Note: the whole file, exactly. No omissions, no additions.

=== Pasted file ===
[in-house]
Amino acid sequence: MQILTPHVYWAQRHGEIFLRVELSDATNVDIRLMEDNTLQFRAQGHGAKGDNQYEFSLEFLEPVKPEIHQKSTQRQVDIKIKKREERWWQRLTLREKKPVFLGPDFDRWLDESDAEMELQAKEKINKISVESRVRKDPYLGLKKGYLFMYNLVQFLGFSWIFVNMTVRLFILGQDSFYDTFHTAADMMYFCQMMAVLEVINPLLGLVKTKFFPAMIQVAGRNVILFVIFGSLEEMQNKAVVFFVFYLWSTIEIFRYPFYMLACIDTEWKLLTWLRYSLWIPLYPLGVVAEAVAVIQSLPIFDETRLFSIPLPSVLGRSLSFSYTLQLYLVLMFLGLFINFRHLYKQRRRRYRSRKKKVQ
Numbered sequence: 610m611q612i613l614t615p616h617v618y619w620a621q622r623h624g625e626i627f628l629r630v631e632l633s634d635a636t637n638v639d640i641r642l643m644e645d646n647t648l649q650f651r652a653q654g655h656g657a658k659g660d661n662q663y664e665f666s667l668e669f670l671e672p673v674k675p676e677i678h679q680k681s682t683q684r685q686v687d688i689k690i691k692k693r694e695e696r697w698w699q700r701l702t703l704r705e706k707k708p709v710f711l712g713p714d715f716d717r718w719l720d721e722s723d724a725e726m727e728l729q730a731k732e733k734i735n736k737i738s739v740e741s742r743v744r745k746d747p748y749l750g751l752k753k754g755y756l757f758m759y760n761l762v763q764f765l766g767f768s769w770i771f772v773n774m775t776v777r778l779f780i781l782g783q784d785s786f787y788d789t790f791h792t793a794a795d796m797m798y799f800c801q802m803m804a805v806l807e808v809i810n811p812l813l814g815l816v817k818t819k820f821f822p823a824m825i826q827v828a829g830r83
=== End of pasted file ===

[in-house]
Amino acid sequence: MQILTPHVYWAQRHGEIFLRVELSDATNVDIRLMEDNTLQFRAQGHGAKGDNQYEFSLEFLEPVKPEIHQKSTQRQVDIKIKKREERWWQRLTLREKKPVFLGPDFDRWLDESDAEMELQAKEKINKISVESRVRKDPYLGLKKGYLFMYNLVQFLGFSWIFVNMTVRLFILGQDSFYDTFHTAADMMYFCQMMAVLEVINPLLGLVKTKFFPAMIQVAGRNVILFVIFGSLEEMQNKAVVFFVFYLWSTIEIFRYPFYMLACIDTEWKLLTWLRYSLWIPLYPLGVVAEAVAVIQSLPIFDETRLFSIPLPSVLGRSLSFSYTLQLYLVLMFLGLFINFRHLYKQRRRRYRSRKKKVQ
Numbered sequence: 610m611q612i613l614t615p616h617v618y619w620a621q622r623h624g625e626i627f628l629r630v631e632l633s634d635a636t637n638v639d640i641r642l643m644e645d646n647t648l649q650f651r652a653q654g655h656g657a658k659g660d661n662q663y664e665f666s667l668e669f670l671e672p673v674k675p676e677i678h679q680k681s682t683q684r685q686v687d688i689k690i691k692k693r694e695e696r697w698w699q700r701l702t703l704r705e706k707k708p709v710f711l712g713p714d715f716d717r718w719l720d721e722s723d724a725e726m727e728l729q730a731k732e733k734i735n736k737i738s739v740e741s742r743v744r745k746d747p748y749l750g751l752k753k754g755y756l757f758m759y760n761l762v763q764f765l766g767f768s769w770i771f772v773n774m775t776v777r778l779f780i781l782g783q784d785s786f787y788d789t790f791h792t793a794a795d796m797m798y799f800c801q802m803m804a805v806l807e808v809i810n811p812l813l814g815l816v817k818t819k820f821f822p823a824m825i826q827v828a829g830r83